Elements of a Doctrine of Transnational Constitutional Norms

38 Pages Posted: 28 May 2024

See all articles by Vlad Perju

Vlad Perju

Boston College - Law School

Date Written: May 28, 2024


This Article uses the traditions of constitutionalism to develop the building blocks of a doctrine of transitional constitutional norms. After arguing that existing doctrines of implicit constitutional unamendability, such as the basic structure and constitutional replacement doctrines, are derivative, the Article provides an account of the underlying primary doctrine: transnational constitutional norms. From the perspective of the form of government, constitutional norms are divided into peremptory and voluntary norms. Unearthing an old but now largely forgotten tradition of political thought, it defines peremptory norms as norms that derive from or constitute the form of government. These constitutional norms have a complex nature: domestic and transnational. The transnational dimension immunizes the people’s choice in favor of the democratic form of government by protecting peremptory norms from deselection, defined as the impermissible alteration or replacement of that form of government through piecemeal derogation from peremptory norms. Only the people as pouvoir constituant, but not their representatives, may chose the form of government and only through a full-scale process of constitution-making. The Article uses judicial independence to illustrate the idea of peremptory constitutional norms. The doctrine of transnational constitutional norms helps to resist attempts at undermining judicial independence and to protect the integrity of the democratic form of government against impermissible deselection.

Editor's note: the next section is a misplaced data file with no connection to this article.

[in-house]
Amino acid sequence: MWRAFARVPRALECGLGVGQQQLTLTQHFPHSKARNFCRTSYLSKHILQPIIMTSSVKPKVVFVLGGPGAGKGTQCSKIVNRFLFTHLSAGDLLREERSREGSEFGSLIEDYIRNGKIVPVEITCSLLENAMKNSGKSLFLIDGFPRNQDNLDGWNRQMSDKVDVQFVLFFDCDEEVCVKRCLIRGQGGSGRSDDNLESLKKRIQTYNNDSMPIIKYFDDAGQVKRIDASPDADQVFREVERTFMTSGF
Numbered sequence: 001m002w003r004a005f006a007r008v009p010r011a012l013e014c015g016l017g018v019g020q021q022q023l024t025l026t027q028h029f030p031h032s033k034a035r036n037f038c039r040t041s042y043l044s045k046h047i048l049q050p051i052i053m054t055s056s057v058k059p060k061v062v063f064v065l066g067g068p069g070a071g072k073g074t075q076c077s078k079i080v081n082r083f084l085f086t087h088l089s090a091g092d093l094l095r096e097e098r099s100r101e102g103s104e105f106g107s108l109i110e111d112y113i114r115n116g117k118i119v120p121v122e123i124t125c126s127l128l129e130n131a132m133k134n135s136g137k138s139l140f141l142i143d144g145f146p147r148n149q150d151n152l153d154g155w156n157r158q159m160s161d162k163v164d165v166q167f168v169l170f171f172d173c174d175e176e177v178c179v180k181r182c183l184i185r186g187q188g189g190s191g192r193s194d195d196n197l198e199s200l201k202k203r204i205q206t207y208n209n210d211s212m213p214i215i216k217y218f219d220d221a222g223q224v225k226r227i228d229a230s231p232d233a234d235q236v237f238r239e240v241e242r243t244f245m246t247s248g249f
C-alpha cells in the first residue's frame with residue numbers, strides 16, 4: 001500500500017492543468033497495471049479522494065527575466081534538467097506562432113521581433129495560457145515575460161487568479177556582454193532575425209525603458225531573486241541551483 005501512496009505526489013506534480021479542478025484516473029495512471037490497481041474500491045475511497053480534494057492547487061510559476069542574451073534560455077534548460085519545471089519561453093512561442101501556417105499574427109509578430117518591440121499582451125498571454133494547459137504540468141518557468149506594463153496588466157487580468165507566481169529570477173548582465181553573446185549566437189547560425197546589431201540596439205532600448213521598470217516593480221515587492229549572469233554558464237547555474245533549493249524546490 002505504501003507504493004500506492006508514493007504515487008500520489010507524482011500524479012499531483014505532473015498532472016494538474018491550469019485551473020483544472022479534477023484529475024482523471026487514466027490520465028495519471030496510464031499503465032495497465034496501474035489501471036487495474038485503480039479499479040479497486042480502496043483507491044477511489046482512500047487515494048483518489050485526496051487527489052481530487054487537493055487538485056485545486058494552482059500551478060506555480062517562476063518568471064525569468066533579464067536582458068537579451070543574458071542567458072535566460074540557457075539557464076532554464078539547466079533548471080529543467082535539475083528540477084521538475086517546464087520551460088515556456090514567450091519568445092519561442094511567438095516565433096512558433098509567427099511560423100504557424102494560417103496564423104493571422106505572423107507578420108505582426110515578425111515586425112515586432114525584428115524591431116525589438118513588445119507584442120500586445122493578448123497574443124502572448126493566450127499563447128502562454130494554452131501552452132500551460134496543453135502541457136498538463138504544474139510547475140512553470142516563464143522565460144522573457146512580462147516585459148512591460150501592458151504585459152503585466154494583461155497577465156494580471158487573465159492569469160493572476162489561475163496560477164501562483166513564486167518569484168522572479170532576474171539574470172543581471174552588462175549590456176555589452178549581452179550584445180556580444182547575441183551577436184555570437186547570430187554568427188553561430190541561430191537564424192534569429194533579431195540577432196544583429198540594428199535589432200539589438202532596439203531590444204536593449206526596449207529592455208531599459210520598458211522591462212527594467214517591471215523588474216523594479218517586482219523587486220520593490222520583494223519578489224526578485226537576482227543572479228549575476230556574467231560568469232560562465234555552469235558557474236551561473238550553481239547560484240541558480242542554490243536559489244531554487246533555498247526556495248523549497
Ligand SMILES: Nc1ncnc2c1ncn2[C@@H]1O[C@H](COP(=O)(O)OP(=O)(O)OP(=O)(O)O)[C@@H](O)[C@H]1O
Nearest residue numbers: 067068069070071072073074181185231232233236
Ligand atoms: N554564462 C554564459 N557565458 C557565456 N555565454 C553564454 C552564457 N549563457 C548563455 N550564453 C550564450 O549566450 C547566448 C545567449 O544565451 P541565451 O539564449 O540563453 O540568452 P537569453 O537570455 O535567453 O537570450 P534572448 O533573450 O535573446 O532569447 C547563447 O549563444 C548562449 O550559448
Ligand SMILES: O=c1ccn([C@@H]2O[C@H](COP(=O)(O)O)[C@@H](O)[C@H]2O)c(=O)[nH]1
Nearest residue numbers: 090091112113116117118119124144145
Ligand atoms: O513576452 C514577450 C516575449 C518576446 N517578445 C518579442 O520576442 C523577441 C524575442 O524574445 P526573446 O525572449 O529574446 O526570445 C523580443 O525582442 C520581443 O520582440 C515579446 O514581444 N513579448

Keywords: constitutionalism, form of government, democracy, peremptory constitutional norms, cosmopolitanism

Suggested Citation

Perju, Vlad, Elements of a Doctrine of Transnational Constitutional Norms (May 28, 2024). Boston College Law School Legal Studies Research Paper No. 629, International Journal of Constitutional Law, 2024 [10.1093/icon/moae023], Available at SSRN: https://ssrn.com/abstract=4845416 or http://dx.doi.org/10.2139/ssrn.4845416

Vlad Perju (Contact Author)

Boston College - Law School ( email )

885 Centre Street
Newton, MA 02459-1163
United States

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